As far as the SFBC not caring about north of Market, I’m not sure where that comes from. My regular commute takes me from the Golden Gate Bridge to the financial district and there’s plenty of bike lanes and routes going east/west through the Marina, Cow Hollow and North Beach. Francisco, Greenwich and North Point all have new and quite excellent bike lanes and biking along the Marina green is really quick and easy. There is an issue with going South from the marina, but aside from an electric motor I don’t know how you make those hills easier to climb. Nothing the SFBC can do about that, short of a tunnel that would cost more than the Doyle Drive rebuild is costing so no go.

    I agree that MUNI (SF public transit agency) is poorly planned and poorly run, but I can thank them for making me into a bike commuter almost 20 years ago. I was car free in SF for 12 years – it’s not only possible, it’s actually rather easy. Sure, there are hills but unless you live on top of one, there’s almost always a route that you can take that will get you around them.

  • kfg says:

    “I don’t personally know one person who doesn’t ride a bike at all who has told me “you know, if biking were safer I would do it”. ”

    I’ve known a few who have told me that. I’ve known a few who have told me all sorts of things. What have I learned from this?:

    People lie.

  • John Riley says:

    –“The entire point of my post was that those people who are ‘non-cyclists’ are not riding bikes for many reasons, and that the effects of improved infrastructure in getting them to ride their bikes more will be minimal at best. People are non cyclists generally because they don’t like or can’t easily ride bikes, not mainly because of the perceived safety issues with riding bikes. I don’t personally know one person who doesn’t ride a bike at all who has told me ‘you know, if biking were safer I would do it’. “–

    May I be the first? ;-) OK, I do not live in Marin, so I would not be a Marin commuter, but I would be much more inclined to ride there if the facilities were better. This very day I spend a lot of time exploring the byways of Corte Madera, Larkspur, and San Raphael. Terrible traffic, lots of very narrow roads of inconsistent width, etc. Seems to be some really nice _pieces_ of bicycle infrastructure, but they don’t seem connected. This includes the beautiful tunnel trail that ends in a parking lot and not at the ferry terminal.

    These conditions would be a serious deterrent to me, and I am someone who would be _trying_ to ride. If the facilities were better, I’d be pushing to move there.

    –“As far as the SFBC not caring about north of Market, I’m not sure where that comes from. …There is an issue with going South from the marina, but aside from an electric motor I don’t know how you make those hills easier to climb. Nothing the SFBC can do about that, short of a tunnel that would cost more than the Doyle Drive rebuild is costing so no go.”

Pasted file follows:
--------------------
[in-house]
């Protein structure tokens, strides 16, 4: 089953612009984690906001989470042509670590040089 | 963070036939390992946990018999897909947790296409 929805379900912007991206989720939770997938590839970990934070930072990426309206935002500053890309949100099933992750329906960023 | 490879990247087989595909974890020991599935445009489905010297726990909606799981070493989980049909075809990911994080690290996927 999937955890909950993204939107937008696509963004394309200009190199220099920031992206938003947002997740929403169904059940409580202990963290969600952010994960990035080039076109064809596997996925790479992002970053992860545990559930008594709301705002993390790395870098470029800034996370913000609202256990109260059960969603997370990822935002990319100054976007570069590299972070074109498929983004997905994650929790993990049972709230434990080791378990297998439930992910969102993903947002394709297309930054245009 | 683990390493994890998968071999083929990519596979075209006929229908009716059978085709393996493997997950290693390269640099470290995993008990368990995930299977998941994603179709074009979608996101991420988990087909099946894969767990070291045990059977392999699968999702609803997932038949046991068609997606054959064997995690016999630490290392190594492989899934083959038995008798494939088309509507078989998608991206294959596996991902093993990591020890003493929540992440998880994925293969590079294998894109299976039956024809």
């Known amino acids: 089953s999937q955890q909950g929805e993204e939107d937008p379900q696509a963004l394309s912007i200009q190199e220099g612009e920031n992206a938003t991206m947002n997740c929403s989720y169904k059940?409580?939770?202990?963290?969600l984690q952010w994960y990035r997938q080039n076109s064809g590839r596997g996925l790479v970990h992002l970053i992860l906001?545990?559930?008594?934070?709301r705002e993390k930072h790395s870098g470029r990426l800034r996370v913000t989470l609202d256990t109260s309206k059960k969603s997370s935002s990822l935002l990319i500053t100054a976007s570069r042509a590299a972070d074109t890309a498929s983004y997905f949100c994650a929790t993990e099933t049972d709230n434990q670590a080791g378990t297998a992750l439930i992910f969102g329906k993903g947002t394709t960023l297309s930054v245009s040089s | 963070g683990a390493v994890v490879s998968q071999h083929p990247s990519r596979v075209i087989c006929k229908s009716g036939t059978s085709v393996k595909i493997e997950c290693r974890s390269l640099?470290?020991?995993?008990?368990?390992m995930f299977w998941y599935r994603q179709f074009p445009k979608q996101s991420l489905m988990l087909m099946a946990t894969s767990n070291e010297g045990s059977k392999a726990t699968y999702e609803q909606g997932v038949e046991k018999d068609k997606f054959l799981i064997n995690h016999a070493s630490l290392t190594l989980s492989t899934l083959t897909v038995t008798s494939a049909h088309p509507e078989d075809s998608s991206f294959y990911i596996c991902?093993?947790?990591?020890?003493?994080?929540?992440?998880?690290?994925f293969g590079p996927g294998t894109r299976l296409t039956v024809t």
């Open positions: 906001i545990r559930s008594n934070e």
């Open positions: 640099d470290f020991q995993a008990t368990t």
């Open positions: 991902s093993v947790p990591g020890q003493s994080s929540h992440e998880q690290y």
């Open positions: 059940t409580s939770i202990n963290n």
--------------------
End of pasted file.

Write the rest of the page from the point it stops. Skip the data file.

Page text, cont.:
You just answered your own question. They seem to have a similar attitude about a north end wiggle.

    I often finish my 20 mile rides coming from the Marina back up to Polk Street, so I am sensitive to it, and have time to think about it as I climb.

    As with the south wiggle, there seems to be a natural gentle slope that runs diagonally across the street grid. This might involve removing street parking from a couple blocks of Franklin and running a separated south bound bike lane against the traffic, the object of which would be to get you to about Green Street, where you would turn east toward Polk. This does not seem that ambitious compared to the Oak and Fell projects. Maybe for some reason it is insurmountable, but it is not even being considered. It is dismissed the way you dismissed it.

    I appreciate the lanes on North Point.

    I don’t know that the SFBC had much to do with Crissy field, and in any case that area is in dire need of attention to better separate bikes and peds, and to better direct bikes to the bridge.

    Marina and Cow Hollow is mostly just a few signs directing you to bumpy streets, and the northbound lanes on Francisco that direct you to the Polk street climb half way up Russian Hill. The other route climbing part way up Pac Heights might be better, but you still give up a lot of your climb as you dip back down into the ravine before you climb back up to Polk.

    BTW, I do live on a hill.

    Speaking of tunnels, there is an unused tunnel (seismic issues?) under Ft Mason. The City has talked about re-opening it to rail vehicles to bring the America’s Cup crowds closer to the viewing areas in the Marina. What are the chances that they would get something like _that_ done on time? ;-)

  • John Ferguson says:

    Comment: John Riley